China Medical Device Labeling Gets Sticky in 2013

by Translation Guy on October 22, 2012

China’s State Food and Drug Administration (SFDA) will require all outside labeling and packaging of devices to be in Chinese by April 2013.

Failure to provide Chinese labeling and packaging text will result in market banishment.

We asked TranslationGuy, noted industry analyst, if this law was a good idea.

“Hell yes, it’s a good idea. More translation is a good idea. Your average Chinese Joe has a right to know what it says on the label before they stick a medical device inside him. It’s good for business, my business most of all! Plus, good translation saves lives. Who wants to be on the wrong side of that one?”

But not just any translation. SFDA officials require that “overseas medical equipment manufacturing enterprises should establish quality management system to ensure that … medical equipment complies with Chinese regulations.”

So I pulled the adding machine off the top shelf, blew off the dust, and set to figuring if we were going to have to build a new word mill below the translation memory pond to handle all that new Chinese label demand.

China’s medical device market has grown to $8.8 billion, the second largest in Asia after Japan. The number of foreign medical device manufacturers selling, sourcing, or manufacturing in China has grown exponentially. However, there are still quality control problems with recalls and scandals.

The Chinese medical device market still relies on imports, and the unique Chinese combination of fast economic growth and rapidly aging population ensure growing demand.  China’s medical device sales are estimated to reach $45 billion in the next decade.

“Besides increased awareness, one of the key factors contributing to the market growth is patient demographics in China. As the disease incidence caused by the aging population continues to rise in the country, there will be strong demand from patients seeking advanced medical procedures and techniques that can provide safe and effective diagnoses or treatment, ultimately driving an upsurge in the use of medical devices,” say experts.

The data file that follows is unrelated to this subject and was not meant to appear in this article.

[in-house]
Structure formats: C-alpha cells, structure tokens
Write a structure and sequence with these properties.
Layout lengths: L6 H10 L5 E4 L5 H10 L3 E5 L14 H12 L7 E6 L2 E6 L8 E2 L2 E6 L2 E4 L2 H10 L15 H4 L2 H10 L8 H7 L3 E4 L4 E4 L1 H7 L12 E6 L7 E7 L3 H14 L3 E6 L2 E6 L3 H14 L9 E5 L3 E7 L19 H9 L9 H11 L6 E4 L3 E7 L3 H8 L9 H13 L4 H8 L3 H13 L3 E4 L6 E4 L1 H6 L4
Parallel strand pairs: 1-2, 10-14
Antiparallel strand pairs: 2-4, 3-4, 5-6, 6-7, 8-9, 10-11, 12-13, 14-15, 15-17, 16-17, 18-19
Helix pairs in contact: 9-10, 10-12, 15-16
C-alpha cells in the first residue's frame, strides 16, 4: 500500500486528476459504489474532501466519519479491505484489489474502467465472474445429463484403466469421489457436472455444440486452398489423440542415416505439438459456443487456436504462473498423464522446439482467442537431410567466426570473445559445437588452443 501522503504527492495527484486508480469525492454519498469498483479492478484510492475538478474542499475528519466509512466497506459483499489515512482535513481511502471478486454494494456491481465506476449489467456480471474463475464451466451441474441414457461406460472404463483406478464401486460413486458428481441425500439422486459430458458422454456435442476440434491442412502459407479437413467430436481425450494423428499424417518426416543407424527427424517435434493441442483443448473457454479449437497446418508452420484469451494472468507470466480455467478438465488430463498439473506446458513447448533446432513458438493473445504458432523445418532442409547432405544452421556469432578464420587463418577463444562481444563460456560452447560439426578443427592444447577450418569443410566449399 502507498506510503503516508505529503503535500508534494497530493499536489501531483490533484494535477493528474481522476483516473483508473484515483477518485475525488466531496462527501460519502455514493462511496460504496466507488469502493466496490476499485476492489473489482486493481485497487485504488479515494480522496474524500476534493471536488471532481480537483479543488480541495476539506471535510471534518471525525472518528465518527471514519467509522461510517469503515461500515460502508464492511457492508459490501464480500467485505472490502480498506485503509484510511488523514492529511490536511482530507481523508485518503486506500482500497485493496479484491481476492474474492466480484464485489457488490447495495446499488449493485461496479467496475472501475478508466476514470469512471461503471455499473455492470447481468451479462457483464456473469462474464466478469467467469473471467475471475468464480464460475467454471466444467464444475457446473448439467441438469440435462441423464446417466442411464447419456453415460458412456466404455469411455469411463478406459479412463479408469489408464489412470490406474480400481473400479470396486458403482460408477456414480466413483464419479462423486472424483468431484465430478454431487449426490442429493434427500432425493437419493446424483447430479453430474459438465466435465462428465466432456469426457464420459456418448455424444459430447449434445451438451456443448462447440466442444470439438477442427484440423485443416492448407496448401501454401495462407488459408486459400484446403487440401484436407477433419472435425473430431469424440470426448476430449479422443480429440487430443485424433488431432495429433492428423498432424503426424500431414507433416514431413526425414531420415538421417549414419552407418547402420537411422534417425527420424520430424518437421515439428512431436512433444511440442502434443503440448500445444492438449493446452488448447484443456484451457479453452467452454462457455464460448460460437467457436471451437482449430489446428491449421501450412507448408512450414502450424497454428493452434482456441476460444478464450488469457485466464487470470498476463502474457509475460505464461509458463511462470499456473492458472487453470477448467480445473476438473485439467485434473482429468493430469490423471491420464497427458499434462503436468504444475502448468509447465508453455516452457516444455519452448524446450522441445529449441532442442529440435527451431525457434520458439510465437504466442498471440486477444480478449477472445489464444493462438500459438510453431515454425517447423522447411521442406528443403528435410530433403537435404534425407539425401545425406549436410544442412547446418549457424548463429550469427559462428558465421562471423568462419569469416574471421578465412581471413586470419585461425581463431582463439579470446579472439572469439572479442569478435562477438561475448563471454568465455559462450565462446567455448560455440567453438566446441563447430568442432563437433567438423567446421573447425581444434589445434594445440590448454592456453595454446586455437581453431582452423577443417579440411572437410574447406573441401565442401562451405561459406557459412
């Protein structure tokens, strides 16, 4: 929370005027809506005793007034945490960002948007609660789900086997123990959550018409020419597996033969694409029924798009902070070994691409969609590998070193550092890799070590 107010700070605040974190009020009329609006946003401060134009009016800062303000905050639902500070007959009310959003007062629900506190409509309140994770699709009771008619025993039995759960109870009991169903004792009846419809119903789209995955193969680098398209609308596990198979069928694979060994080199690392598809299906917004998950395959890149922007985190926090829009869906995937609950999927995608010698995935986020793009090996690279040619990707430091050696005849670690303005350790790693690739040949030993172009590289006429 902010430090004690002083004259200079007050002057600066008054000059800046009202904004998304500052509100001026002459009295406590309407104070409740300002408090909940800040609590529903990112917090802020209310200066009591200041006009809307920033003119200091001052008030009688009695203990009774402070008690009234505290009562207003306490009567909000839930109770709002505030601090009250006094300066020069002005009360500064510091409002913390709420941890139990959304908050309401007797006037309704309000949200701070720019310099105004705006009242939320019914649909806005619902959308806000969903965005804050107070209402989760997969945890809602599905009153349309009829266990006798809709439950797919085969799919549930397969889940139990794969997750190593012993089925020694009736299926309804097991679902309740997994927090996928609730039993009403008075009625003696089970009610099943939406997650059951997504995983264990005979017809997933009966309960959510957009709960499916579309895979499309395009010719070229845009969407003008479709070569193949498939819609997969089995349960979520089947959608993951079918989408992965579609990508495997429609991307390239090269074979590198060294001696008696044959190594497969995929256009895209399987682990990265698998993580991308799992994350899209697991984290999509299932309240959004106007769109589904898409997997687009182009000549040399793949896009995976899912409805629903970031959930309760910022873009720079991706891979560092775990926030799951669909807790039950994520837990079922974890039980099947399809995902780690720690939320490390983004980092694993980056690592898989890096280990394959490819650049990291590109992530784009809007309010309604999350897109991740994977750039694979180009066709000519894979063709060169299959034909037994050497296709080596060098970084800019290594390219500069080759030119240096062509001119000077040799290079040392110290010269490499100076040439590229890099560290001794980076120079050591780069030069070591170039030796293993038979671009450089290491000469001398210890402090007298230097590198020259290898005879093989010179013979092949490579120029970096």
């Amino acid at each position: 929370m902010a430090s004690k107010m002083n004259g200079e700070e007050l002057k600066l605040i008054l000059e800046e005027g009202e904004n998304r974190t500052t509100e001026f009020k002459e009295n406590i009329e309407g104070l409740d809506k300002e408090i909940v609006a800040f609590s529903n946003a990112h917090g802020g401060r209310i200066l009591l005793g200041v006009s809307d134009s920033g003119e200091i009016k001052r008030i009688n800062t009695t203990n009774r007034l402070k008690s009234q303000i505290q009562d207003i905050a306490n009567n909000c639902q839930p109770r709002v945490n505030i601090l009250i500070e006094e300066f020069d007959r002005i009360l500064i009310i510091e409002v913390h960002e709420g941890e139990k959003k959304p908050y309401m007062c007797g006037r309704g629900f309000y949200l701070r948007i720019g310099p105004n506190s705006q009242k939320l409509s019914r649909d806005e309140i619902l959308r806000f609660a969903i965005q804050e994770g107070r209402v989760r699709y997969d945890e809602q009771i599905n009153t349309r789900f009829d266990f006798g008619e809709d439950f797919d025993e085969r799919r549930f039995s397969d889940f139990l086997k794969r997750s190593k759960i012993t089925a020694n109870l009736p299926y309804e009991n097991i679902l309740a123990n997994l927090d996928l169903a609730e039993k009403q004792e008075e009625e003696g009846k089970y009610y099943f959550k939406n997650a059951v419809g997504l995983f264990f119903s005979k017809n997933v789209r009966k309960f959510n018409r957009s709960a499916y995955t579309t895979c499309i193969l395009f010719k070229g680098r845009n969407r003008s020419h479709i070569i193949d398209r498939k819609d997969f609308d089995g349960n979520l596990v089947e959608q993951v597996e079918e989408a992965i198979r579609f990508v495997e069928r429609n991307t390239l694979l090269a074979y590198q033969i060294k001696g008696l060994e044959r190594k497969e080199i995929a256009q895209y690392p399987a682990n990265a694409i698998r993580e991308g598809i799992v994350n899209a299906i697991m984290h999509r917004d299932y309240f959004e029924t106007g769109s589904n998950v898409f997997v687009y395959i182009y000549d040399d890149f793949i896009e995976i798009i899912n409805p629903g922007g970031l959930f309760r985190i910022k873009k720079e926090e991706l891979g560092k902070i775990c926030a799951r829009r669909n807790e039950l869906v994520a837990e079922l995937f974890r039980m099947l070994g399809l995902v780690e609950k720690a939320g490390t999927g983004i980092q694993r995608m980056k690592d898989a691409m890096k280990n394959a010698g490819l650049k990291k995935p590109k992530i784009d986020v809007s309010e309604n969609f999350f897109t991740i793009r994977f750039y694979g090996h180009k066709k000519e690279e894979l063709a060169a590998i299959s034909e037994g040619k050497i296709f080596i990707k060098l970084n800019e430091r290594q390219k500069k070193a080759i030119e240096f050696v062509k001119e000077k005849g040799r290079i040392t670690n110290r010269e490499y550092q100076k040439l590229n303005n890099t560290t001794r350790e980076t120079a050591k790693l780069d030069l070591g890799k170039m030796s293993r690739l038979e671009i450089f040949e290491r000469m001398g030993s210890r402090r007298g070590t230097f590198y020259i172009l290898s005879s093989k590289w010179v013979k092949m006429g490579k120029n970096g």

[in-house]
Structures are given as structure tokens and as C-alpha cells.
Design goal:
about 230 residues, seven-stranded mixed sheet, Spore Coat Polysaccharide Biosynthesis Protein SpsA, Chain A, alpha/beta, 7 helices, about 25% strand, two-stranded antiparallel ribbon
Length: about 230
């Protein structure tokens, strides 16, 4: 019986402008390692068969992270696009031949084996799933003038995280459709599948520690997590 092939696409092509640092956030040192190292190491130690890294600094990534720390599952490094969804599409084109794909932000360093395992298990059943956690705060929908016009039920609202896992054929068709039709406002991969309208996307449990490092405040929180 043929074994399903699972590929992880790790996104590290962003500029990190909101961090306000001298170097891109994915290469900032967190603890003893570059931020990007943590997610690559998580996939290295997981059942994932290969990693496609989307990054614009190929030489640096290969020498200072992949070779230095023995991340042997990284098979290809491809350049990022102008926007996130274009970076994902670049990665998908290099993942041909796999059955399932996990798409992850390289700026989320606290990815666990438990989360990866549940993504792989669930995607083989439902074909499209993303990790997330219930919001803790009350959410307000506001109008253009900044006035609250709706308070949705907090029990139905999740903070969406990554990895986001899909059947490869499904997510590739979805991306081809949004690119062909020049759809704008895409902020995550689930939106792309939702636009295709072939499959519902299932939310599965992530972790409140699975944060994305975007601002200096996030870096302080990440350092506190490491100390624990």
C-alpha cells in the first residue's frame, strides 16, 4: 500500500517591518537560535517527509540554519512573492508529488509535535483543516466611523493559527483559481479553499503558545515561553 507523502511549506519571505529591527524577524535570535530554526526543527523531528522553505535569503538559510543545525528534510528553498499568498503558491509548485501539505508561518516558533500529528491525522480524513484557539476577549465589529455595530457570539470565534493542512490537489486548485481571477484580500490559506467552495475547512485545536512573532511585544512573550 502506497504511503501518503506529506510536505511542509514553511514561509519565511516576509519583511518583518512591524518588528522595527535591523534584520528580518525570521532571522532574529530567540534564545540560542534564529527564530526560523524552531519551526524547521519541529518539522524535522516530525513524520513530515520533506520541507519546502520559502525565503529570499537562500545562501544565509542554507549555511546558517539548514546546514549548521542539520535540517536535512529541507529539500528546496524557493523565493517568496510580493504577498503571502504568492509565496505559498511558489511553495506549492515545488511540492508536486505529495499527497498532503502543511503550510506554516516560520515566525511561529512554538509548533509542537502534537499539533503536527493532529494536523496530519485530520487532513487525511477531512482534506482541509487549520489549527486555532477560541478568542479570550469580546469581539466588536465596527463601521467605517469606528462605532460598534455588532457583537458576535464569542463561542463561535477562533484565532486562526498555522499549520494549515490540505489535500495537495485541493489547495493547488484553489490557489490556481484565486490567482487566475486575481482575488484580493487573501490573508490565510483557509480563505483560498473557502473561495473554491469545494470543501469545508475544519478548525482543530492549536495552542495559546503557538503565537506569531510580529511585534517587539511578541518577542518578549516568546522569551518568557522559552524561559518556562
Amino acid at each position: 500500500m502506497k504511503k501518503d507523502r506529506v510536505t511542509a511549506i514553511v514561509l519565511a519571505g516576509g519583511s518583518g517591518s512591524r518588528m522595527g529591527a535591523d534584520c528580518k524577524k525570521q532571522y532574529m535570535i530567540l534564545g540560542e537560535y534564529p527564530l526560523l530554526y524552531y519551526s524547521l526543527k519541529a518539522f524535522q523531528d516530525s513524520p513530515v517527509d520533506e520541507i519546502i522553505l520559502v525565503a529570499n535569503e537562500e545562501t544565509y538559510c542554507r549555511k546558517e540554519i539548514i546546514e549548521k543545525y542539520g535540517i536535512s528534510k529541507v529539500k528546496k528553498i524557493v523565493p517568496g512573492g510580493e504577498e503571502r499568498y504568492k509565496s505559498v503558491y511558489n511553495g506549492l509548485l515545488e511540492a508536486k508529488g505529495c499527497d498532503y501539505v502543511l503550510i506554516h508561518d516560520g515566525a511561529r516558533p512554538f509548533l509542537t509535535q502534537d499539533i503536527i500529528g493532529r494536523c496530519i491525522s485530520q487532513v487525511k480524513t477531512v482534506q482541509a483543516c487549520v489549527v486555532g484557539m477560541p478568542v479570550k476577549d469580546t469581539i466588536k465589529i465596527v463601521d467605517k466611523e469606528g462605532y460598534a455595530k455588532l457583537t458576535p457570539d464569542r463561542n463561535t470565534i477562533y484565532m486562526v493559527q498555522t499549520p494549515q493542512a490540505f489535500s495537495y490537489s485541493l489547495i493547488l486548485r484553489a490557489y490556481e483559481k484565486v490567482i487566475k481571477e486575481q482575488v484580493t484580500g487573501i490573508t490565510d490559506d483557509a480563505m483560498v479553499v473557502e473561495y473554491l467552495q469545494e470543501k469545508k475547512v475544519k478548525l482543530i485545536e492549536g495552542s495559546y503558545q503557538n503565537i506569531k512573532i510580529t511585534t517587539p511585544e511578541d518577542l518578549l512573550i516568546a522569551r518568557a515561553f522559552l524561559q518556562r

Some useful resources for those interested. Regulations for the Supervision and Adminstration of Medical Devices. That’s the law. Also of possible interest, Brief Introduction of Medical Device Regulations in China by Chang Yongheng, Deputy Counsel in the SFDA’s Department of Medical Devices. From 2007 but a good overview.


  1. Bill says:

    So, wait… Medical devices in China weren’t labelled in Chinese, or aren’t labelled in Chinese? This seems a little bit dangerous, considering that not every health care worker is multilingual. I cetainly hope the malpractice laws in China took these things into account, there ust be some brave paitents over there.

  2. Julie Bladon says:

    Given the environmental factors in China as well (having been in Beijing and heard locals call smog and smoke, fog) I can foresee the health of their aging population and even the younger factions debilitating quite badly.

    • Ken says:

      Add a rapidly aging population and you’ve got the perfect medical device storm.

  3. I know China manufacturs everything these days, but given their quality issues, I can’t see the demand for Chinese manufactured medical equipment being a gigantic growth market. Give nice German efficiency when it comes to something that needs to be inserted in my body.

  4. Warren Paul says:

    Nice of you to ask yourself your opinion one this matter, it seems the industry sentiment is tracking in your direction, how fortunate.

    • Ken says:

      I don’t interview myself often, since I’m not always the most reliable source.

  5. clara says:

    Well it’s nice of the Chinese authorities to think of this, given that with billions of Chinese, and probably millions of procedures done, there have been quite a few mishaps due to linguistic issues.

  6. Katie Grant says:

    It amazes me that China is only the second largest market for anything in Asia, just based on sheer size they should dominate market share on everything, but I guess quality of life isn’t what it should be over there.

  7. Ric Thompson says:

    I can’t imagine in a country like China, that takes Chinese cultural promotion so seriously, that medical devices were not mandated to be labelled and packaged in Chinese from day one. It just seems incredibly odd.

  8. Emma Dennis says:

    I thought a quasi-communist nation would have pages upon pages of regulations in regards to this already.

  9. Holly says:

    The question is not how big the market for medical devices is, but how big the market for translation for medical device packaging and labelling is or will grow to be. Those are the important numbers, or at least around here they are.

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